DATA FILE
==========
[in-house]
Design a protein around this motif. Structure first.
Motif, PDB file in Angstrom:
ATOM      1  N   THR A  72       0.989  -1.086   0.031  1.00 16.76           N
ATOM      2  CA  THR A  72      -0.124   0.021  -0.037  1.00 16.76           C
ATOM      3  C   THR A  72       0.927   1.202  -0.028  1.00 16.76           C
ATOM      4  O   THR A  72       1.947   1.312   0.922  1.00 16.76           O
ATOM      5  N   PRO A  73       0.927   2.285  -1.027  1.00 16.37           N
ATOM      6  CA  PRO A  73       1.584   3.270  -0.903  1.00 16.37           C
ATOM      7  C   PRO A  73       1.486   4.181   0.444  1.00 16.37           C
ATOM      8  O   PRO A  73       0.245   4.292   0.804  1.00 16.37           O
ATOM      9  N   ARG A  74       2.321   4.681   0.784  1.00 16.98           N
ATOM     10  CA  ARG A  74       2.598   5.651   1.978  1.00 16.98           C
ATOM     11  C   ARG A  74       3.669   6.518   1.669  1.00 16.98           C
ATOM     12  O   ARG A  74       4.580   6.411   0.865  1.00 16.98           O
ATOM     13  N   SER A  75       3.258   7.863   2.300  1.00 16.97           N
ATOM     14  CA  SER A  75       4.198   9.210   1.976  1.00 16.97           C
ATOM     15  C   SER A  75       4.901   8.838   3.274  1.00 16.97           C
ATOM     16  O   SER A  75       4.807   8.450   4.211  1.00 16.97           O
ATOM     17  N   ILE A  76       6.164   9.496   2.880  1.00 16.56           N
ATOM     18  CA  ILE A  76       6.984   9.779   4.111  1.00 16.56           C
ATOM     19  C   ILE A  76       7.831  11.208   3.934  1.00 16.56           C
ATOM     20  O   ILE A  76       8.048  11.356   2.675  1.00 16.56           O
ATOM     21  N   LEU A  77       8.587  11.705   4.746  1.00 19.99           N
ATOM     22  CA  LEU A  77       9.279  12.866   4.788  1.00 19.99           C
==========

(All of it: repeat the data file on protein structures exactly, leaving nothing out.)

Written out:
[in-house]
Design a protein around this motif. Structure first.
Motif, PDB file in Angstrom:
ATOM      1  N   THR A  72       0.989  -1.086   0.031  1.00 16.76           N
ATOM      2  CA  THR A  72      -0.124   0.021  -0.037  1.00 16.76           C
ATOM      3  C   THR A  72       0.927   1.202  -0.028  1.00 16.76           C
ATOM      4  O   THR A  72       1.947   1.312   0.922  1.00 16.76           O
ATOM      5  N   PRO A  73       0.927   2.285  -1.027  1.00 16.37           N
ATOM      6  CA  PRO A  73       1.584   3.270  -0.903  1.00 16.37           C
ATOM      7  C   PRO A  73       1.486   4.181   0.444  1.00 16.37           C
ATOM      8  O   PRO A  73       0.245   4.292   0.804  1.00 16.37           O
ATOM      9  N   ARG A  74       2.321   4.681   0.784  1.00 16.98           N
ATOM     10  CA  ARG A  74       2.598   5.651   1.978  1.00 16.98           C
ATOM     11  C   ARG A  74       3.669   6.518   1.669  1.00 16.98           C
ATOM     12  O   ARG A  74       4.580   6.411   0.865  1.00 16.98           O
ATOM     13  N   SER A  75       3.258   7.863   2.300  1.00 16.97           N
ATOM     14  CA  SER A  75       4.198   9.210   1.976  1.00 16.97           C
ATOM     15  C   SER A  75       4.901   8.838   3.274  1.00 16.97           C
ATOM     16  O   SER A  75       4.807   8.450   4.211  1.00 16.97           O
ATOM     17  N   ILE A  76       6.164   9.496   2.880  1.00 16.56           N
ATOM     18  CA  ILE A  76       6.984   9.779   4.111  1.00 16.56           C
ATOM     19  C   ILE A  76       7.831  11.208   3.934  1.00 16.56           C
ATOM     20  O   ILE A  76       8.048  11.356   2.675  1.00 16.56           O
ATOM     21  N   LEU A  77       8.587  11.705   4.746  1.00 19.99           N
ATOM     22  CA  LEU A  77       9.279  12.866   4.788  1.00 19.99           C